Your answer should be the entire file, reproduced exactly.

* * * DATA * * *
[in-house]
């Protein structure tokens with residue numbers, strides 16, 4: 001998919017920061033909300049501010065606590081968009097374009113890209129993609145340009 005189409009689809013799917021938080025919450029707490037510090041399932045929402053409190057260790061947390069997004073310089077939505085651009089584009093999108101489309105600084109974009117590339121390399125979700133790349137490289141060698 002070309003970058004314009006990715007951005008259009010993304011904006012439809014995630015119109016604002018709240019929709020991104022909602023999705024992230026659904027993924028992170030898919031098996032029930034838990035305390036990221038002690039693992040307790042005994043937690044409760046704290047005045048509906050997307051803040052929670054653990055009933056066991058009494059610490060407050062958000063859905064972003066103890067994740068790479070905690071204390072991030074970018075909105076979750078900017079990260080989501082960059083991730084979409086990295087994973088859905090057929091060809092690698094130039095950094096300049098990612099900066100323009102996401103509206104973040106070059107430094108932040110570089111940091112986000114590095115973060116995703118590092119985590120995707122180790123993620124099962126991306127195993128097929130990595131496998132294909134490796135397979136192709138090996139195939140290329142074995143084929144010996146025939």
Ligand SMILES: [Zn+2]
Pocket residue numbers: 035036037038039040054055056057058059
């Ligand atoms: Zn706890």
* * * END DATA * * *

[in-house]
């Protein structure tokens with residue numbers, strides 16, 4: 001998919017920061033909300049501010065606590081968009097374009113890209129993609145340009 005189409009689809013799917021938080025919450029707490037510090041399932045929402053409190057260790061947390069997004073310089077939505085651009089584009093999108101489309105600084109974009117590339121390399125979700133790349137490289141060698 002070309003970058004314009006990715007951005008259009010993304011904006012439809014995630015119109016604002018709240019929709020991104022909602023999705024992230026659904027993924028992170030898919031098996032029930034838990035305390036990221038002690039693992040307790042005994043937690044409760046704290047005045048509906050997307051803040052929670054653990055009933056066991058009494059610490060407050062958000063859905064972003066103890067994740068790479070905690071204390072991030074970018075909105076979750078900017079990260080989501082960059083991730084979409086990295087994973088859905090057929091060809092690698094130039095950094096300049098990612099900066100323009102996401103509206104973040106070059107430094108932040110570089111940091112986000114590095115973060116995703118590092119985590120995707122180790123993620124099962126991306127195993128097929130990595131496998132294909134490796135397979136192709138090996139195939140290329142074995143084929144010996146025939």
Ligand SMILES: [Zn+2]
Pocket residue numbers: 035036037038039040054055056057058059
């Ligand atoms: Zn706890």